Dr. Kim Buck is accustomed to many shifts as a co-owner and the only full-time veterinarian at a small emergency hospital in San Antonio, Texas. But she reached her limit in June. She was working her fifth shift of the week, after 24 hours the day before, when nine animals were received in two hours. Some of them were very sick.
Veterinarians are the healers of the animal world shirt, hoodie, tank top, sweater
“My blood pressure is skyrocketing,” Buck told VIN News Service. “My breasts are starting to feel bad.” Her breathing gradually shortened. Her assistant called an ambulance. Buck spent three nights in the hospital and was diagnosed with pleurisy.
“We’ll have to close the clinic door,” Buck recalls thinking. Even when she was afraid of having a heart attack, she still wondered about arranging staff to train her. Hiring and retaining ER practitioners has been a constant challenge for Buck since she and another veterinarian bought the hospital six years ago.
During the time of fearing her health, the hospital was not closed. Her work is undertaken by part-time and relief veterinarians. Since she returned to work, she is working harder to hire another practitioner so that she can avoid an inferiority complex. This new urgency comes at a time when finding an emergency veterinarian is especially difficult.
VIN News Service interviewed 11 emergency veterinarians – some owners – representatives of two major hospital chains and two recruiters. They all describe the situation as a “severe”, “urgent” and “crisis” level of staff shortages.
Help wants, wants and wants
Emergency doctors told VIN News that they were drawn into this field by the opportunity to treat a variety of diseases and hone their diverse skills in all careers. (All veterinarians practice emergency medical – have board certification and otherwise – can be called emergency veterinarians. Emergency veterinarians are board-certified Critical physician or care specialist.) Some reported that salaries tend to be higher than general practitioners, an attraction but not an important factor. Another perk for some: dense, intense schedules allow extended breaks.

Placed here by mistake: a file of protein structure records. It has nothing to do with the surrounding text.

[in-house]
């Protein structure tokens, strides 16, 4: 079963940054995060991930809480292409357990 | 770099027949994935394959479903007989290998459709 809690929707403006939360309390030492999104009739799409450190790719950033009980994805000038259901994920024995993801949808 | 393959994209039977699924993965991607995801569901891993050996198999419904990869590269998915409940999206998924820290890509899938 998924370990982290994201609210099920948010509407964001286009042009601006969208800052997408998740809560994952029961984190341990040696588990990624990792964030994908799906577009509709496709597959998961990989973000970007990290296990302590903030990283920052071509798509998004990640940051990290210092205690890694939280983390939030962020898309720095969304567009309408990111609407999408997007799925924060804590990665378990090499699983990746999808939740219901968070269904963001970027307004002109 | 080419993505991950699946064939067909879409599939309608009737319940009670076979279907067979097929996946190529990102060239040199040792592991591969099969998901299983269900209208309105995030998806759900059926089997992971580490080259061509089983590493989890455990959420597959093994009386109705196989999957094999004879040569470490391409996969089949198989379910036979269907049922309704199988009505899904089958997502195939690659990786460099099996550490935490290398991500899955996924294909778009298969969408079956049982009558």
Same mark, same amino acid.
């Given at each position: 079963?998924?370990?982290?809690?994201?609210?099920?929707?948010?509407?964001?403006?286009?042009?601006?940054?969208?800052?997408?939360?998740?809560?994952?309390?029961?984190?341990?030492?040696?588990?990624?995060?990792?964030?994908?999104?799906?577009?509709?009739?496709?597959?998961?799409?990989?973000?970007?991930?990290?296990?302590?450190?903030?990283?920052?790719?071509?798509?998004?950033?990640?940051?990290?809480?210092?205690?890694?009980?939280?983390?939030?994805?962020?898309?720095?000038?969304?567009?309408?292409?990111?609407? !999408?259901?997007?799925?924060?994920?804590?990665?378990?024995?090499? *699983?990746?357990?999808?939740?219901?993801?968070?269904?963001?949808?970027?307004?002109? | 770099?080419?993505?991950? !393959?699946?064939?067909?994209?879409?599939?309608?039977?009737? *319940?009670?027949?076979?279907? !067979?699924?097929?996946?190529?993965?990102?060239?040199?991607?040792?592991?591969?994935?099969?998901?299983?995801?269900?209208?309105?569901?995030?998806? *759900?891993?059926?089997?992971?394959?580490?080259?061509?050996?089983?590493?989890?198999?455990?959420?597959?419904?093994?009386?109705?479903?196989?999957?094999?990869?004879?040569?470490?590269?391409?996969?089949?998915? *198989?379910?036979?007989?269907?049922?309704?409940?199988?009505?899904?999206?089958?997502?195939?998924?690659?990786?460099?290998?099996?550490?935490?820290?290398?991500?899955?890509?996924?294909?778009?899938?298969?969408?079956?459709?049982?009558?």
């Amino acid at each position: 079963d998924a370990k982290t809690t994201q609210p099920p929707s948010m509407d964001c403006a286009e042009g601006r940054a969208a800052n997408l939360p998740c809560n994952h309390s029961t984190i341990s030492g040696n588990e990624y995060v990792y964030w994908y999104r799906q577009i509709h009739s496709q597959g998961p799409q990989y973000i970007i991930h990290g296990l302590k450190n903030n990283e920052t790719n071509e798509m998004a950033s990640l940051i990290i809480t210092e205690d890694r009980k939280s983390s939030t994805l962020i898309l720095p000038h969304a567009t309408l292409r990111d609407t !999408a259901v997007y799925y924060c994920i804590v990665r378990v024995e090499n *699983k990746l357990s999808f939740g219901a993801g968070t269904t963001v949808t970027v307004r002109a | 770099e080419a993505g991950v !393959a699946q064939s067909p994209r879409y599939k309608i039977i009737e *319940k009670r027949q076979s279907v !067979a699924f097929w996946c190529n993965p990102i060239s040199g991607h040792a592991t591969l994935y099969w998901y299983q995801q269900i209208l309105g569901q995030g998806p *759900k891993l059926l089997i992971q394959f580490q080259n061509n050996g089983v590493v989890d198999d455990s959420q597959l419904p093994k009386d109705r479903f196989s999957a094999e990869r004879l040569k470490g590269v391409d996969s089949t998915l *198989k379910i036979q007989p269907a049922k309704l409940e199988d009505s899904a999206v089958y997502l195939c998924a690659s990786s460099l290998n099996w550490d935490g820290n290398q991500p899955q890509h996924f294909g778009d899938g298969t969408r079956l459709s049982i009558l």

However, the arrangement of staff to work night shifts, holidays, and weekends is not easy. One practitioner called these hours “long and odd.” Urgent work can be risky and stressful, and relationships with clients can become stressful. Emergency veterinarians often come into contact with stressed owners for the first time, sometimes offering costly interventions without a trust relationship established to attract. These situations often intimidate young, inexperienced, and seasoned veterinarians.
As many households across the Veterinarians are the healers of the animal world shirt country prepare to return to their pre-pandemic schedule, the only family member who doesn’t want the country back to normal is pets. Already accustomed to around-the-clock interactions with the owner in COVID-19, veterinarians are deeply concerned that dogs will suffer from severe distress as the pet’s parents continue to work outside the home.